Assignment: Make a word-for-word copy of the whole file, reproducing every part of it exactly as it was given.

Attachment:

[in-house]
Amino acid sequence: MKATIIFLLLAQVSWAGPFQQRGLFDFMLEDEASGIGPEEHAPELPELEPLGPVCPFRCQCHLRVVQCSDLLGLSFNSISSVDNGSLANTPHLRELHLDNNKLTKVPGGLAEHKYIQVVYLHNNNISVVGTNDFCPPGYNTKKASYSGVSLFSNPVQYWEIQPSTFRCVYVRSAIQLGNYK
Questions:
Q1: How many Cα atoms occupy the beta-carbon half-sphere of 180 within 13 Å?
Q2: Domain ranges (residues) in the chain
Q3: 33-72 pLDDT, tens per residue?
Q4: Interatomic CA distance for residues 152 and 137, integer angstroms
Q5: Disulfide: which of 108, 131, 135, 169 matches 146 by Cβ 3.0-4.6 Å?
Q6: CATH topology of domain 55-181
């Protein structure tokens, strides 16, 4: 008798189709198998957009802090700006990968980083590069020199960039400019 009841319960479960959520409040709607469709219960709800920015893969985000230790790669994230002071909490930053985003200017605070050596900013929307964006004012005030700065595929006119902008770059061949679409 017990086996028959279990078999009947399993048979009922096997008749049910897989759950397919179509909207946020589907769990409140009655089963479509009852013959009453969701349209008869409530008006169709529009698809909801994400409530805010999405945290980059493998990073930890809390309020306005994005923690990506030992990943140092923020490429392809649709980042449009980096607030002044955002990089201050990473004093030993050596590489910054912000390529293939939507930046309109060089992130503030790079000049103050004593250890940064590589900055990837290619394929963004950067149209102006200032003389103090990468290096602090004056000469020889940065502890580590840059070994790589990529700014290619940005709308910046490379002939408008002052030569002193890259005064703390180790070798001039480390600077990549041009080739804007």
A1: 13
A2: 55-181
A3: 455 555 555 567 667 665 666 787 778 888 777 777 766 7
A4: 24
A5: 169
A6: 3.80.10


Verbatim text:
[in-house]
Amino acid sequence: MKATIIFLLLAQVSWAGPFQQRGLFDFMLEDEASGIGPEEHAPELPELEPLGPVCPFRCQCHLRVVQCSDLLGLSFNSISSVDNGSLANTPHLRELHLDNNKLTKVPGGLAEHKYIQVVYLHNNNISVVGTNDFCPPGYNTKKASYSGVSLFSNPVQYWEIQPSTFRCVYVRSAIQLGNYK
Questions:
Q1: How many Cα atoms occupy the beta-carbon half-sphere of 180 within 13 Å?
Q2: Domain ranges (residues) in the chain
Q3: 33-72 pLDDT, tens per residue?
Q4: Interatomic CA distance for residues 152 and 137, integer angstroms
Q5: Disulfide: which of 108, 131, 135, 169 matches 146 by Cβ 3.0-4.6 Å?
Q6: CATH topology of domain 55-181
């Protein structure tokens, strides 16, 4: 008798189709198998957009802090700006990968980083590069020199960039400019 009841319960479960959520409040709607469709219960709800920015893969985000230790790669994230002071909490930053985003200017605070050596900013929307964006004012005030700065595929006119902008770059061949679409 017990086996028959279990078999009947399993048979009922096997008749049910897989759950397919179509909207946020589907769990409140009655089963479509009852013959009453969701349209008869409530008006169709529009698809909801994400409530805010999405945290980059493998990073930890809390309020306005994005923690990506030992990943140092923020490429392809649709980042449009980096607030002044955002990089201050990473004093030993050596590489910054912000390529293939939507930046309109060089992130503030790079000049103050004593250890940064590589900055990837290619394929963004950067149209102006200032003389103090990468290096602090004056000469020889940065502890580590840059070994790589990529700014290619940005709308910046490379002939408008002052030569002193890259005064703390180790070798001039480390600077990549041009080739804007």
A1: 13
A2: 55-181
A3: 455 555 555 567 667 665 666 787 778 888 777 777 766 7
A4: 24
A5: 169
A6: 3.80.10